After going dark on social media for the past week, Kanye West is back on Twitter to share a long, rambling missive that, like most things Kanye has done in the past year, likely does more to raise concern over Kanye’s well-being than it does enlighten his audience.
Much of the 10-minute video, which the rapper/producer recorded while in Africa, focuses on “mind control”—namely, how social media influences people to think monolithically, and how the need for social media validation can fuck with people.
“That’s mind control. When people try to influence you on social media or try to tell you what to do... That’s the echo chamber that’s trying to control you based off incentivizing you, based off getting enough likes, and that’s the poison that’s happening with social media,” Kanye said, essentially describing his in-laws’ entire business plan.
Ye then makes it personal, saying when “people try to tell me what to do, I feel like they’re touching my brain.” Throughout the video, he rubs his temples, looking at times as if he’s in pain or just plain exhausted (Kanye says he’s been struggling with sleep deprivation during the video.)
“These people, black people, people on social media, people trying to control us. ... They’re trying to control our mind,” Kanye says. “They’re trying to control my mind.”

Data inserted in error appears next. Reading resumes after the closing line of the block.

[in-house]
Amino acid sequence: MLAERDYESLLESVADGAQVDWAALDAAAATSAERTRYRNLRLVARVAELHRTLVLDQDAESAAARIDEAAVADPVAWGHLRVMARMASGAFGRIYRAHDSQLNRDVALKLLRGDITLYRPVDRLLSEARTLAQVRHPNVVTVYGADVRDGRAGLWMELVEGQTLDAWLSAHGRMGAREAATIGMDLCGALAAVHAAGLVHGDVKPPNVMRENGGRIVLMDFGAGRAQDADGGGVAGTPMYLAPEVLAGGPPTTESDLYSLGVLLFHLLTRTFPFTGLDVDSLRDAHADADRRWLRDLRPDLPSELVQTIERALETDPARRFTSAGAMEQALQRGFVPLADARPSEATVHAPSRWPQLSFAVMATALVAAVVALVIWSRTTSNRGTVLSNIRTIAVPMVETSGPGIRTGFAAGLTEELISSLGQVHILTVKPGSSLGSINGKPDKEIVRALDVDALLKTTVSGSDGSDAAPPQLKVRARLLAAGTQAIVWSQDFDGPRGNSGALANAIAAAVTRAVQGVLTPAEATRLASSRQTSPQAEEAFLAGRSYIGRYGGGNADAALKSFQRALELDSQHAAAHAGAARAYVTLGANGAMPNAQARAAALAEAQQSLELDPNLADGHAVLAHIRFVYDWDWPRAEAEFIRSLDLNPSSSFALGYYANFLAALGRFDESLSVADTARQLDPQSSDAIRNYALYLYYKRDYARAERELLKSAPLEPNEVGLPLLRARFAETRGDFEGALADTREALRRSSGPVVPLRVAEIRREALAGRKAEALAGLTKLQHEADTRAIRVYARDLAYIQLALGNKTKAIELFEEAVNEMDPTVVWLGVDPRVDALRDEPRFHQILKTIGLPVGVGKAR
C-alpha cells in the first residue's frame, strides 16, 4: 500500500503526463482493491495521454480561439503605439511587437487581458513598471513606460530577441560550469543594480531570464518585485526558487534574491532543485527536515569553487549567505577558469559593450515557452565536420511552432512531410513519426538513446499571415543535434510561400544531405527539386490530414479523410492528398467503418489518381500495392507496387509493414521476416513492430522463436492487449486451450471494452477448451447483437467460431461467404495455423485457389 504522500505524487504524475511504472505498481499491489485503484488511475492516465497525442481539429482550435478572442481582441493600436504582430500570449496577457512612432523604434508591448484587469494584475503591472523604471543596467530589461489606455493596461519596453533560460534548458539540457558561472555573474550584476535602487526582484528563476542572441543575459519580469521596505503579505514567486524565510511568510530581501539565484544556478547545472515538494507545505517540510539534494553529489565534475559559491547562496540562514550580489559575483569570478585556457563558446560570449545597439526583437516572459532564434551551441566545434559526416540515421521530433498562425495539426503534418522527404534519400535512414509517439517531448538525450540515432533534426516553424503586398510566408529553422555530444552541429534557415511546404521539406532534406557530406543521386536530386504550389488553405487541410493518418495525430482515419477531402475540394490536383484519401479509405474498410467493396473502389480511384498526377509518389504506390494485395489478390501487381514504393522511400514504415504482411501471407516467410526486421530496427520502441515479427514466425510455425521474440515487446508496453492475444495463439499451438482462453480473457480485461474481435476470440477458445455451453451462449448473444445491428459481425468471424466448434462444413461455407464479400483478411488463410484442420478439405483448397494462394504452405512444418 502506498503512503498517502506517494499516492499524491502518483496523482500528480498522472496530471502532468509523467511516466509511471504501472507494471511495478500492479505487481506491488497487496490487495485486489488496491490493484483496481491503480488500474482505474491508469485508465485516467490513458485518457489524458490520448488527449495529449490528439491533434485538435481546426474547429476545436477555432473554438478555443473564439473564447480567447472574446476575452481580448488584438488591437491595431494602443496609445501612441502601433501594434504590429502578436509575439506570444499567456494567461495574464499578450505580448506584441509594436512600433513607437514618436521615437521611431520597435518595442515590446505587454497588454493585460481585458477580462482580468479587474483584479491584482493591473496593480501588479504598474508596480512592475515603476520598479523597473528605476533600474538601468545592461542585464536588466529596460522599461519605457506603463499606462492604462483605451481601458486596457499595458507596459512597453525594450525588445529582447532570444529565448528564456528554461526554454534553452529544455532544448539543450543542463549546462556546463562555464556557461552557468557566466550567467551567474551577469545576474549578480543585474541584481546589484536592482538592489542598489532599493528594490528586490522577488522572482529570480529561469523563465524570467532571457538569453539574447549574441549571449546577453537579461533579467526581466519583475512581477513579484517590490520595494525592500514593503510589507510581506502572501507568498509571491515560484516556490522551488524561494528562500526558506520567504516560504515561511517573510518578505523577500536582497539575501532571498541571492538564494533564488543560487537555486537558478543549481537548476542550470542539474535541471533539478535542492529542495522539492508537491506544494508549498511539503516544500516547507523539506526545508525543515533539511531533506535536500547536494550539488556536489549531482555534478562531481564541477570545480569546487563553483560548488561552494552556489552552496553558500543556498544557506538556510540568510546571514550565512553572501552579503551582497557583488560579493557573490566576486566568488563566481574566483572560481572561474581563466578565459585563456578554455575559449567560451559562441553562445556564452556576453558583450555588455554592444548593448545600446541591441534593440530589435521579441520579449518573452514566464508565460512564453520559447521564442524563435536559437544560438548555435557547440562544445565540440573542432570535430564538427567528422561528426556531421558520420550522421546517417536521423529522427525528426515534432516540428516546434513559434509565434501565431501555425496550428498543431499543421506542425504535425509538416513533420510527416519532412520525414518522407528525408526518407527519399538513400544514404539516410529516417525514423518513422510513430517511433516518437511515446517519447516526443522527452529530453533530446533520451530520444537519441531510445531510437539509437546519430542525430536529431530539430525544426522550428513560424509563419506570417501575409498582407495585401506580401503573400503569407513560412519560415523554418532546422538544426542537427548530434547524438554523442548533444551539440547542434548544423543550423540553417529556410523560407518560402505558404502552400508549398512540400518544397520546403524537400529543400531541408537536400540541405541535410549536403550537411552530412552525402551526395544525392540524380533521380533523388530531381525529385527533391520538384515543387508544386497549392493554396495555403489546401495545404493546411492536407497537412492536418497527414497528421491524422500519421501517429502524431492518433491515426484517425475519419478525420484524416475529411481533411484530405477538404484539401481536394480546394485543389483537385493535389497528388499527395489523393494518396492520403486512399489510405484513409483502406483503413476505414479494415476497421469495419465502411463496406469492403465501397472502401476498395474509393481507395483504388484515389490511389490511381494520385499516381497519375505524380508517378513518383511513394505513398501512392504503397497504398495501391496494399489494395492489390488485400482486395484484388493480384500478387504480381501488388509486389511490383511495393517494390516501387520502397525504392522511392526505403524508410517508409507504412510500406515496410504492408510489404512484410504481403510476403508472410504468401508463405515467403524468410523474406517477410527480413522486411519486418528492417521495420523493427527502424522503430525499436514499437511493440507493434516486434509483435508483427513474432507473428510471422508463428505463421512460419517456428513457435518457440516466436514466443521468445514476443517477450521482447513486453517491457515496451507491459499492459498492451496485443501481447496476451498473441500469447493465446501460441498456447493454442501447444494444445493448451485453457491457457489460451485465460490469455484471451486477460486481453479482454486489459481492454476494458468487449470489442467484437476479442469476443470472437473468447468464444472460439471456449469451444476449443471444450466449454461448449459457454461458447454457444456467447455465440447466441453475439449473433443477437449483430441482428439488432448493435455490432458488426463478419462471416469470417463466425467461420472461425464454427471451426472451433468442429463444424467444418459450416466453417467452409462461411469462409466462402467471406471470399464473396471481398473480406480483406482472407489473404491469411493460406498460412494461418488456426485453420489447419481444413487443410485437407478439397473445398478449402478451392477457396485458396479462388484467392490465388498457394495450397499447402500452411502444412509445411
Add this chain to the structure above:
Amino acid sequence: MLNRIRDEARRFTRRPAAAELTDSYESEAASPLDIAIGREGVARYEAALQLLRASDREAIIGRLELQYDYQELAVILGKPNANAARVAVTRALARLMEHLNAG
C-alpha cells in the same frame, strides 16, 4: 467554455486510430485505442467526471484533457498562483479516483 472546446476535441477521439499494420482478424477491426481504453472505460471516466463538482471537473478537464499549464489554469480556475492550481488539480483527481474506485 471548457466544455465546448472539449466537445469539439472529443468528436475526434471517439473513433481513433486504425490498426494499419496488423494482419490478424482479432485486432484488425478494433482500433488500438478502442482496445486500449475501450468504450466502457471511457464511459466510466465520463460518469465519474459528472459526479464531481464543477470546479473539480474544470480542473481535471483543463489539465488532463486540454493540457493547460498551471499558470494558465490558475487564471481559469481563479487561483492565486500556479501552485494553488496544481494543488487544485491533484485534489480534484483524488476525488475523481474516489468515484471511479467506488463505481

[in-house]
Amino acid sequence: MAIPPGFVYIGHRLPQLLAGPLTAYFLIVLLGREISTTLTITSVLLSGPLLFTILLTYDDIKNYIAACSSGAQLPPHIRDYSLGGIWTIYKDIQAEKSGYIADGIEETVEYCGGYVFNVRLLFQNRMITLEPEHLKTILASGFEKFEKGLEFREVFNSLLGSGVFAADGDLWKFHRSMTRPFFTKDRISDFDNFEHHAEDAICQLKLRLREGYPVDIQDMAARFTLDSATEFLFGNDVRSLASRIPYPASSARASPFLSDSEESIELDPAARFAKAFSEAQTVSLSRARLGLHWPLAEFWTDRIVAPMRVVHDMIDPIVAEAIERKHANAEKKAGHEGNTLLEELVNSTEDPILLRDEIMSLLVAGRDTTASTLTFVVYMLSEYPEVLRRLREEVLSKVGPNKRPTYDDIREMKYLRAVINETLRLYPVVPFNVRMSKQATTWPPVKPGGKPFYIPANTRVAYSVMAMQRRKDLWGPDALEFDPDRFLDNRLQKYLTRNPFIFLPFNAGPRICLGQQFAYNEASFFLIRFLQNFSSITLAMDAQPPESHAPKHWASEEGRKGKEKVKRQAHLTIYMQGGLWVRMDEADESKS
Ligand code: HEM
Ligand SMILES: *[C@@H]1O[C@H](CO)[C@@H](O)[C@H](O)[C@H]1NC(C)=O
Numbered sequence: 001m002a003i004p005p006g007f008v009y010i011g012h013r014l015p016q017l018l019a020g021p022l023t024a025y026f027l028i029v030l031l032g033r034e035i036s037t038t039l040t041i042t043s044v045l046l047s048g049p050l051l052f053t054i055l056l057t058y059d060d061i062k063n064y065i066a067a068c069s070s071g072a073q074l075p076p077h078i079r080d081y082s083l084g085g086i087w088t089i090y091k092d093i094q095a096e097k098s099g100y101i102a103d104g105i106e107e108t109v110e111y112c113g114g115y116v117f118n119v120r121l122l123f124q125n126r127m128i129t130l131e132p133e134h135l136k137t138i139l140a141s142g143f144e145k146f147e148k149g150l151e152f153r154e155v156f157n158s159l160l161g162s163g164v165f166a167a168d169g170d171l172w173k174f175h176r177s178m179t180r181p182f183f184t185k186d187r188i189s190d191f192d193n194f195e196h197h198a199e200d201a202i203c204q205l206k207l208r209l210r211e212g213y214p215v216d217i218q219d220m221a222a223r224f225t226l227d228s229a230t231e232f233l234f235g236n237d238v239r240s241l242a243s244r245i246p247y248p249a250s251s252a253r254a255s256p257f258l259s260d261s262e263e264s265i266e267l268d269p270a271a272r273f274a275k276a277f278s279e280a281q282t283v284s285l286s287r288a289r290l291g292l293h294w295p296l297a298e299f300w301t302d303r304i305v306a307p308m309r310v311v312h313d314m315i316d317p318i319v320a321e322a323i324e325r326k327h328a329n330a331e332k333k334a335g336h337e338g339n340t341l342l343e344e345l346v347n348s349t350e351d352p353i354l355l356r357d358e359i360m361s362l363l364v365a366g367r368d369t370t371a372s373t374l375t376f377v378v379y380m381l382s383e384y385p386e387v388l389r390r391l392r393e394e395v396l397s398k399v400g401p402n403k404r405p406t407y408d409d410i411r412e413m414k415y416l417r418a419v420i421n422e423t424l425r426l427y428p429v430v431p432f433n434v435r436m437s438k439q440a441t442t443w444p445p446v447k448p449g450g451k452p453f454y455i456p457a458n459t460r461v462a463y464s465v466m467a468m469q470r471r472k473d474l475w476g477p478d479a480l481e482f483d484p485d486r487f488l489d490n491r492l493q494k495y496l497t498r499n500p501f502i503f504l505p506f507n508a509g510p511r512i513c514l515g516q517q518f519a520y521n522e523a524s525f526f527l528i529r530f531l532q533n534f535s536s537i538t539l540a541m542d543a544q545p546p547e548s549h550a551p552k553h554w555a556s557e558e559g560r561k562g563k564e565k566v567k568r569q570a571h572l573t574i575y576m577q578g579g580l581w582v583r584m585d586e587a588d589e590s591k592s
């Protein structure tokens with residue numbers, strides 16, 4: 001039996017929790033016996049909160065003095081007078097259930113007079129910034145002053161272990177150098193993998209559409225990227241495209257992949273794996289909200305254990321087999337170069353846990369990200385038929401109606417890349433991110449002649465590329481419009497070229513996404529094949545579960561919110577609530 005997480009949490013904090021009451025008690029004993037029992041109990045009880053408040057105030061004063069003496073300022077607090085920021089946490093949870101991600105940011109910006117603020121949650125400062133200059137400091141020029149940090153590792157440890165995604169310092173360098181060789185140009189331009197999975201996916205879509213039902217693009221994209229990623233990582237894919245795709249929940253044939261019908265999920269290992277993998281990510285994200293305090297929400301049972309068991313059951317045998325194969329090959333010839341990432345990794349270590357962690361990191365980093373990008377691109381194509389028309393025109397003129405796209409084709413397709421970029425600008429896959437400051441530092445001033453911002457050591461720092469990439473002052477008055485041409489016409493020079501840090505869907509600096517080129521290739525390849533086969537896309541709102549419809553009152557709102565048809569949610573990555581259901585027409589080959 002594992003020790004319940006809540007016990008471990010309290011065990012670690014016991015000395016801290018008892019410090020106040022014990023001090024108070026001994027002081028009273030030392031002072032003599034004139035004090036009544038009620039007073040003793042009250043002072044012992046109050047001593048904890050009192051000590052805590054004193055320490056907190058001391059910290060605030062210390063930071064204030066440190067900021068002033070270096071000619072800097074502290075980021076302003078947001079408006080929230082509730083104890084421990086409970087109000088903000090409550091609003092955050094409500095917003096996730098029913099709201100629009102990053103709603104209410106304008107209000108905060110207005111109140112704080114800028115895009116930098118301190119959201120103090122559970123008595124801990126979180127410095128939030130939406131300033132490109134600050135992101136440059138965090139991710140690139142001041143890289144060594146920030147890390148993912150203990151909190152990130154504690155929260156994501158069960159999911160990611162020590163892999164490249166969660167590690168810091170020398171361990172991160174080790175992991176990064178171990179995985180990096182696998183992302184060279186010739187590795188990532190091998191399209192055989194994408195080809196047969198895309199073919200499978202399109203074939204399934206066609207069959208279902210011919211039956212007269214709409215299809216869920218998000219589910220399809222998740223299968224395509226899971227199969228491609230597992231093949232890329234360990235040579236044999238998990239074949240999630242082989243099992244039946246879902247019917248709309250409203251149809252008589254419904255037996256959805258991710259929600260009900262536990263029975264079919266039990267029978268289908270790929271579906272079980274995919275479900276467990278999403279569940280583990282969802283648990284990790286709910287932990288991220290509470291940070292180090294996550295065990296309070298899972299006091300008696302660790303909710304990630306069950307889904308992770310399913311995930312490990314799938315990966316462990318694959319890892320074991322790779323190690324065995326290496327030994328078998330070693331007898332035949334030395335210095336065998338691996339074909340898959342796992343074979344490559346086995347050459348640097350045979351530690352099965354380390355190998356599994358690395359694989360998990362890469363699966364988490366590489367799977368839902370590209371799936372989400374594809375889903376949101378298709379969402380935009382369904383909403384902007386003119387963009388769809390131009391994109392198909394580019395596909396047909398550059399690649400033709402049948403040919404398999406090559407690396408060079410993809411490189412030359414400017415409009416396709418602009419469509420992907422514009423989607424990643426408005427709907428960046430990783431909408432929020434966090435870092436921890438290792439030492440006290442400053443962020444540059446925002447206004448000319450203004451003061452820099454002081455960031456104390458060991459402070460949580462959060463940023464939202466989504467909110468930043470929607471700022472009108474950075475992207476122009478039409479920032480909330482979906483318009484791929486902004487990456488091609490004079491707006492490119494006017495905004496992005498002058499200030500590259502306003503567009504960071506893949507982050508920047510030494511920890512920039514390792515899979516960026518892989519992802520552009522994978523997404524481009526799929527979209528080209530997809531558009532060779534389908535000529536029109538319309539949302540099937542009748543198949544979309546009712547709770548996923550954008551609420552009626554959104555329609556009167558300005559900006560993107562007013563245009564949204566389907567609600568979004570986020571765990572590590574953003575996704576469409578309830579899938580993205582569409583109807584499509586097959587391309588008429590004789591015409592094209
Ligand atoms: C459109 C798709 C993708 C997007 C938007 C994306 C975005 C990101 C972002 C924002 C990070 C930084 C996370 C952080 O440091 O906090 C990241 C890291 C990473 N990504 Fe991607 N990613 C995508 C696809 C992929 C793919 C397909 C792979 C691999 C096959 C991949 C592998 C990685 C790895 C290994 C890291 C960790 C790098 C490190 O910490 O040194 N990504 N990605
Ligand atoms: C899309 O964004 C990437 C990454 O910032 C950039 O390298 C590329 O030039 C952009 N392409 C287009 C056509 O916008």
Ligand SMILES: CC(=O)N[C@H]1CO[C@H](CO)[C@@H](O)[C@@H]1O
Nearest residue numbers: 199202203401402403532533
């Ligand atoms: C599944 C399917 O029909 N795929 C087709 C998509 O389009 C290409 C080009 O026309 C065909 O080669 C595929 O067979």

Kanye, who has drawn a lot of criticism on social media following his recent, bizarre trip to the White House (quite a few of it from peers like T.I. and Diddy), meandered throughout the rant, taking a page out of Donald Trump’s playbook and bragging about his high IQ (“straight up Sigmund Freud, Tesla vibes”), comparing needing to have “control over his mind” to women wanting control over their bodies and urging viewers to say and do what they feel (unless, apparently, it’s to voice disagreement with him. Then, it’s mind control).
He also dispensed mantras and affirmations, repeating phrases and self-praise.
“Social media told you that nobody likes me, but everybody loves me,” Kanye said, later adding, “I am the best living recording artist.”
Towards the end of the video, Kanye then focuses on another aspect of control—creative and financial control—that he’s had trouble achieving: not owning the publishing rights to his music. It’s a valid gripe—though it gets lost in the narcissistic, self-congratulatory sauce that now defines Kanye.
Kanye claimed that despite having the money to buy his publishing rights (he quotes $8 million), he’s been denied the ability to own his music.
“I don’t need to say the S-word,” Kanye said, referring to the word “slave.” “I’m not Prince, I don’t need to write it on my face.”
It’s fair to be concerned about Kanye’s health. It’s also fair to be done with him, to chalk his latest outburst to a long, though increasingly erratic, history of Kanye being a jerk who manages to squander whatever public good will comes his way. What seems clear after watching this video, though, is that whatever’s in Kanye’s future, it will get worse before it gets better.